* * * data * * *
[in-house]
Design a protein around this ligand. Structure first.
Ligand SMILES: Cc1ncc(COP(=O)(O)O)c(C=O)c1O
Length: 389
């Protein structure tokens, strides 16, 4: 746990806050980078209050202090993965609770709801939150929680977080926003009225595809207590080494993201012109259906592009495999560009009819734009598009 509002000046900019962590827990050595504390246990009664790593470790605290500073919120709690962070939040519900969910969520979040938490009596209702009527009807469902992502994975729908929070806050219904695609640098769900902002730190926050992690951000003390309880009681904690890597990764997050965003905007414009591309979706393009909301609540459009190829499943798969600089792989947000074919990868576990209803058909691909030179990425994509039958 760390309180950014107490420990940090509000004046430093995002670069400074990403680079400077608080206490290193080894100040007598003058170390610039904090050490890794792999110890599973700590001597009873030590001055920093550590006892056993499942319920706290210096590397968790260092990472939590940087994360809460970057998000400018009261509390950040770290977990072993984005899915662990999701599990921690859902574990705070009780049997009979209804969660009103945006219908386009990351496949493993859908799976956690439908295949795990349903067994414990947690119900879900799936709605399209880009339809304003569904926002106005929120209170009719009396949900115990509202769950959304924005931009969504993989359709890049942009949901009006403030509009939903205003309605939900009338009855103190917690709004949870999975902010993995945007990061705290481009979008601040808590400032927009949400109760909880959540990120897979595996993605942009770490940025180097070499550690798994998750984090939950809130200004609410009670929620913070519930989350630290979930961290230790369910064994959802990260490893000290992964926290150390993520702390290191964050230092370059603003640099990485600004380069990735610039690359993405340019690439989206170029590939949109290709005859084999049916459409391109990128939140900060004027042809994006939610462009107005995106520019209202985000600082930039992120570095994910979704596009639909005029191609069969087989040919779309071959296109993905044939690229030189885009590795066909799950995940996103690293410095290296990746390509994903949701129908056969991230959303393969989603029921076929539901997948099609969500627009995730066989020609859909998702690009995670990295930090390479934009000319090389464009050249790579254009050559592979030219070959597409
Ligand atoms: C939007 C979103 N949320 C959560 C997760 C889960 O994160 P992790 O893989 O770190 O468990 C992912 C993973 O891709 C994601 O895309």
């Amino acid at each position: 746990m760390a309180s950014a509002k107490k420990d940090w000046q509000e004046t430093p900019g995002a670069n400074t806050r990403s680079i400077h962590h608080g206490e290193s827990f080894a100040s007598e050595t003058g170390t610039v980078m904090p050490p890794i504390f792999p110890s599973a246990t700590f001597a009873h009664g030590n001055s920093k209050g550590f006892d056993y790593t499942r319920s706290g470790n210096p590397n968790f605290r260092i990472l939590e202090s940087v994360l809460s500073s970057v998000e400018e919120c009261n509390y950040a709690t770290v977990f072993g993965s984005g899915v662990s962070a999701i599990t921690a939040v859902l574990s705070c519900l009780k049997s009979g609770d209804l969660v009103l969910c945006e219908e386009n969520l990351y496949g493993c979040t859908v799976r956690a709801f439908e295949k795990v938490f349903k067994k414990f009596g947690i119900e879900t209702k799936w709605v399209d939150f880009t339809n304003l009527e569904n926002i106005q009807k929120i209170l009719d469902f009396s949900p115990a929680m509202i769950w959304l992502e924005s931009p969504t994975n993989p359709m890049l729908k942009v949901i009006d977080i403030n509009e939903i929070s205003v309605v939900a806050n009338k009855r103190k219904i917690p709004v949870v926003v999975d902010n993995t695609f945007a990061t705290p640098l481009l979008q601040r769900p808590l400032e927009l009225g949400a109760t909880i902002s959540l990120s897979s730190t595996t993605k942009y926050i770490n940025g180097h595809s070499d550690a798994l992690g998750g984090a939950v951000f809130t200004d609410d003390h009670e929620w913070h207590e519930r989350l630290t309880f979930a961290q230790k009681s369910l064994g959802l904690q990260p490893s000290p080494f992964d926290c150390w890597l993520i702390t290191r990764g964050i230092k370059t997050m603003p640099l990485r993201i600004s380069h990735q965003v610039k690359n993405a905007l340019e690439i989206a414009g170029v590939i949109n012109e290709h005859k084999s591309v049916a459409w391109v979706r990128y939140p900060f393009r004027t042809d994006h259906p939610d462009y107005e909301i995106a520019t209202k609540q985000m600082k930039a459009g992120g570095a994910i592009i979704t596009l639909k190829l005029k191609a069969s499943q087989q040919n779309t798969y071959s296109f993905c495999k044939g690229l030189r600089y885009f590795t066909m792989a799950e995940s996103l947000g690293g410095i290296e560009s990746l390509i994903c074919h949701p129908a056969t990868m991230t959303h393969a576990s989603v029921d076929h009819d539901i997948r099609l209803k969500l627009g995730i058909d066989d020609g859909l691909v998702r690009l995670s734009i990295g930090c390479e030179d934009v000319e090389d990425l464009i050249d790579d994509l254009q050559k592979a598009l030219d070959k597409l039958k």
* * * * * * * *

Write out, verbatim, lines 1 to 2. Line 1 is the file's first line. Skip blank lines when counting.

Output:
[in-house]
Design a protein around this ligand. Structure first.